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Borrowing for a wedding? You could regret it

Borrowing for a wedding? You could regret it

Category: Loans

This article was correct at the time of publication. It is now over 6 months old so the content may be out of date.

Wedding season is rapidly approaching, and if you're about to celebrate your nuptials, we have just one question – how are you paying for it? Hopefully you'd have saved up enough to ensure that everything's covered, but research has revealed that a quarter of couples plan to borrow money to fund their dream wedding, something that could put a downer on future marital bliss.

The true cost of a dream wedding

Research from Debt Advisory Centre has found that the pressure to have a dream wedding can come at a cost for some couples, with 23% of those surveyed admitting that they borrowed to fund their big day – to the average tune of £3,800.

Unfortunately, many people regretted it afterwards, with almost half (47%) of those who took out credit for this reason saying that they wish they'd either borrowed less or hadn't borrowed at all. The financial hangover can last well after the honeymoon comes to an end, too, with 29% of couples still repaying their wedding debts after six years of marital life.

This has the potential to ruin marital bliss, the report noted, as debt is one of the leading causes of relationship problems. The figures suggest that it could impact younger couples more than their older counterparts – those aged 18 to 25 are far more likely to use credit to fund their wedding, with 65% of those surveyed admitting to doing so. They're also the age group who are likely to borrow the most, with 15% taking out over £5,000.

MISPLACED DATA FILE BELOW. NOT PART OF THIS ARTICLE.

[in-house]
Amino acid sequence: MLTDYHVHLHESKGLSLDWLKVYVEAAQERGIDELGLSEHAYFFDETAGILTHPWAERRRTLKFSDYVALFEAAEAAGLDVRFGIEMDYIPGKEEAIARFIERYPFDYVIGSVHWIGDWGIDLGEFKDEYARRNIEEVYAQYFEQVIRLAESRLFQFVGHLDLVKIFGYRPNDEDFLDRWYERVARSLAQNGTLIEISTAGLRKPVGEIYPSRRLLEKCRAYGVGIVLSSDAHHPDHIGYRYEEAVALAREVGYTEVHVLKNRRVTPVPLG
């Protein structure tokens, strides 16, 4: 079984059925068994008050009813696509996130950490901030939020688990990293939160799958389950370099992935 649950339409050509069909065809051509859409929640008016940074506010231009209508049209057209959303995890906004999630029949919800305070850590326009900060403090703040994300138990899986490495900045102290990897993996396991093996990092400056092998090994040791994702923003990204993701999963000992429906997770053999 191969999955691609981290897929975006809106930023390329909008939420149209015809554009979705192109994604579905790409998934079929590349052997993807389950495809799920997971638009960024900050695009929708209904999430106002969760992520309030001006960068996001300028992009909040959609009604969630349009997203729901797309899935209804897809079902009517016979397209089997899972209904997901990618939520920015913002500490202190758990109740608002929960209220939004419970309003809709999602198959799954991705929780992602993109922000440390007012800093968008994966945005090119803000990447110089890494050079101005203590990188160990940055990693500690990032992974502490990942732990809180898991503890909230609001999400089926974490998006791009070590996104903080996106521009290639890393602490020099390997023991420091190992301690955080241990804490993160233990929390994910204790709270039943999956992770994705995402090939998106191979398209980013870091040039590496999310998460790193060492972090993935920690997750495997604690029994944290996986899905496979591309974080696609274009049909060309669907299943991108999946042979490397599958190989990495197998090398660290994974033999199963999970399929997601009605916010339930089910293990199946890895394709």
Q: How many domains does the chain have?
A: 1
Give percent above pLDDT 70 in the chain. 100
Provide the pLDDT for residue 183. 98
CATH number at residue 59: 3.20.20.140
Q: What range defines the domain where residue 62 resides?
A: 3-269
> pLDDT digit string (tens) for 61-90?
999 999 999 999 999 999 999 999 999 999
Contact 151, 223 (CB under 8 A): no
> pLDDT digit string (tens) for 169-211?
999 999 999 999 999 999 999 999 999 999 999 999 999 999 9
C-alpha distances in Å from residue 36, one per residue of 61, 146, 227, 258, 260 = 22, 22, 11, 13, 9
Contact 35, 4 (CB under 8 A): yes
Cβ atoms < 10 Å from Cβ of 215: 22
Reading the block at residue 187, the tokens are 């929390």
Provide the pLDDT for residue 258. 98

"As the culture of glamorous celebrity weddings has grown, it's easy to see why couples feel under pressure to recreate the lavish events they see in magazines," said Melanie Taylor, a spokeswoman for Debt Advisory Centre. "While celebrities can afford to spend enormous amounts on their dream weddings, for most people this kind of luxury is out of reach and it's not advisable to get into debt to meet these aspirations.

"Getting married is about making a lifetime commitment, not just one day of extravagance. [It] might seem like the most important day of your life, but nothing is more important than your long term happiness and security, so keep this in mind and plan for your marriage, rather than your wedding day."

Pay for your wedding without getting into debt

It's all about thinking long term, and if you focus on saving the money for that dream wedding, you hopefully won't need to get into debt in order to fund it. Opening a regular savings account could be a great way to kick-start the savings habit – these accounts often boast higher rates than their traditional counterparts on the promise that you pay in a set amount each month, and after a year you could have a comfortable pot.

Alternatively, if your wedding is further ahead or if you've already got a large lump sum that needs topping up, you could opt for a fixed rate bond of a term to suit your wedding plans. Easy access accounts are another option if you're seeking flexibility, and don't forget about ISAs to maximize your tax-efficiency.

But, if you really must borrow to fund your wedding, make sure to do it sensibly. A personal loan could be an option, tying you in to set repayments so you're completely debt-free thereafter, and with rates at record lows it could be a great time to compare the deals available. Using a 0% purchase credit card could be another option, allowing you to spread the cost without accruing interest.

Alternatively, if you've already used a traditional credit card to cover some of the costs, make sure you're not paying interest! Transferring the balance to a 0% balance transfer credit card will give you plenty of time to pay it off, and if you make sure to clear it by the end of the interest-free period, you won't need to worry about interest adding to the bill.

No matter how you go about it, just make sure both parties are comfortable with the arrangements and then you can enjoy married life without the interference of debt stress.

Disclaimer: Information is correct as of the date of publication (shown at the top of this article). Any products featured may be withdrawn by their provider or changed at any time.